Federico Zandomeneghi was born in Venice in 1841 to a family of very famous sculptors.
His grandfather and his father, who had worked following in Antonio Canova’s footsteps, had created important works such as the Monumento a Tiziano (the Monument to Titian, 1835) housed inside the Basilica di Santa Maria Gloriosa dei Frari in Venice, and at first Federico seemed to be destined to follow in his predecessors footsteps entering the Accademia di Belle Arti of Venice.
At the age of only 18 Zandomeneghi joined in the Expedition of the Thousand, and in 1862 he met in Florence the Macchiaioli, who at that time represented the most innovative experimentation in pictorial field.
In 1874 Federico moved to Paris, became interested in the group of the Impressionists, making friends especially with Degas, Pissarro and Renoir.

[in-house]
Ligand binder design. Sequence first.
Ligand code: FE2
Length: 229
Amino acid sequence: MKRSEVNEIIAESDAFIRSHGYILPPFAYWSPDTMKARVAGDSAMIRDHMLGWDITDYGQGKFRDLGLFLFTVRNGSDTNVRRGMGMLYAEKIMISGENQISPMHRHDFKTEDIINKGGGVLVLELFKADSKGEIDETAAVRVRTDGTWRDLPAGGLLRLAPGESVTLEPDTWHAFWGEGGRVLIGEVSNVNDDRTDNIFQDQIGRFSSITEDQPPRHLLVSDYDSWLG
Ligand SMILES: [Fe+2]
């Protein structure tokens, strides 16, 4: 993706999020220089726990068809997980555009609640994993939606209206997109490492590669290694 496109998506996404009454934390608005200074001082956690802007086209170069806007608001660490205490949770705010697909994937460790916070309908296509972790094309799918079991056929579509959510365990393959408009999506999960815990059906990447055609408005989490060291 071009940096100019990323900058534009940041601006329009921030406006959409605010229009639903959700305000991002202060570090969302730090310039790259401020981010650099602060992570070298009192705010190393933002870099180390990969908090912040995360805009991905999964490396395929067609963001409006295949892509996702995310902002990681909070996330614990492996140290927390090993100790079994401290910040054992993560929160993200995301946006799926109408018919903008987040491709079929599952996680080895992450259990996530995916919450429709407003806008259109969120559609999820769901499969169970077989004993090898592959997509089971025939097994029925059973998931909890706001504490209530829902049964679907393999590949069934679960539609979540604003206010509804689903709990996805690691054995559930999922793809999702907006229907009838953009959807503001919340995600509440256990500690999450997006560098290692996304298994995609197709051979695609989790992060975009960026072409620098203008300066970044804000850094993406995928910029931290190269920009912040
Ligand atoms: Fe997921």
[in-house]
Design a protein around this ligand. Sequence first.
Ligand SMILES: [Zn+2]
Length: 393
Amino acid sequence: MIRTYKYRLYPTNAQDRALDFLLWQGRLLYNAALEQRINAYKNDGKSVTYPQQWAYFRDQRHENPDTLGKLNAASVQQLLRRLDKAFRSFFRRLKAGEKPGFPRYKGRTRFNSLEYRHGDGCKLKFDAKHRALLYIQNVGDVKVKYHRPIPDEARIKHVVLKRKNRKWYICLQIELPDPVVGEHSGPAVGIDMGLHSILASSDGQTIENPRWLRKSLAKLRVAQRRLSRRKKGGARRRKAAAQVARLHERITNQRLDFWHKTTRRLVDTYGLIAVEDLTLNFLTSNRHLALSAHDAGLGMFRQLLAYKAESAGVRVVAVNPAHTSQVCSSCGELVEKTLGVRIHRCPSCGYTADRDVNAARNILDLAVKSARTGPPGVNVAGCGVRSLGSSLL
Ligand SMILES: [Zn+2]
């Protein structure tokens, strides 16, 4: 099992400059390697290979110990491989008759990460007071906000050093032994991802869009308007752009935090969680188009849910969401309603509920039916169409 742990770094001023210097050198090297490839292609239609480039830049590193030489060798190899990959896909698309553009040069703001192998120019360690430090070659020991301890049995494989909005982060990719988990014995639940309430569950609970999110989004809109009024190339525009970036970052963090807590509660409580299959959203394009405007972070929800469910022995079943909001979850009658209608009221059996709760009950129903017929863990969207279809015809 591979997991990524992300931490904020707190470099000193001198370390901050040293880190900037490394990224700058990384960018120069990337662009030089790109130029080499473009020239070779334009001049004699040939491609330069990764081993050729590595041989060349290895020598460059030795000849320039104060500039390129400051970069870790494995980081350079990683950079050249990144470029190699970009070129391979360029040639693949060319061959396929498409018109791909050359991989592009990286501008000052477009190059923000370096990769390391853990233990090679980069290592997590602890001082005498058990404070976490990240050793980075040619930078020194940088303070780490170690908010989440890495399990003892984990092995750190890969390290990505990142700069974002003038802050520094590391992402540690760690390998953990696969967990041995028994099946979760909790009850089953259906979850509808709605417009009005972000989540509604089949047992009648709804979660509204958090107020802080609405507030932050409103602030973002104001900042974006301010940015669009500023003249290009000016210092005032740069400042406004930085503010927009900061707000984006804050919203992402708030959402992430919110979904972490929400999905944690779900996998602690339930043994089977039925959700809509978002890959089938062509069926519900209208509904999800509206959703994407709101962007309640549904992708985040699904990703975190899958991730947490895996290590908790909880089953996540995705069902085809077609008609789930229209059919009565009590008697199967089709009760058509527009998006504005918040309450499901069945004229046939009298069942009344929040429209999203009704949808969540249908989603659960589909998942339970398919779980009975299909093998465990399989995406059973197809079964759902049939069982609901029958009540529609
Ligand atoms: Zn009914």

Since 1879 he exhibited his paintings in the collective exhibitions of the Impressionists, and took part in all the phases of the development of the movement, up to its transformation into post-Impressionism, experimenting also the Divisionist painting.
Federico Zandomeneghi was together with Degas, Renoir, Giovanni Boldini and De Nittis, the most extraordinary artist representing modern women, portrayed in everyday life, while reading, chatting with their friends, walking or sitting in a café.
Zandomeneghi died in Paris in 1917, and on the occasion of the 100th anniversary of his death an exhibition in Padua celebrates his art (I’ve already wrote about the exhibition tour and I’ve already showed you the images). An exhibition which retraces the life of this artist and highlights that he was the only Italian painter to join in the Impressionist revolution.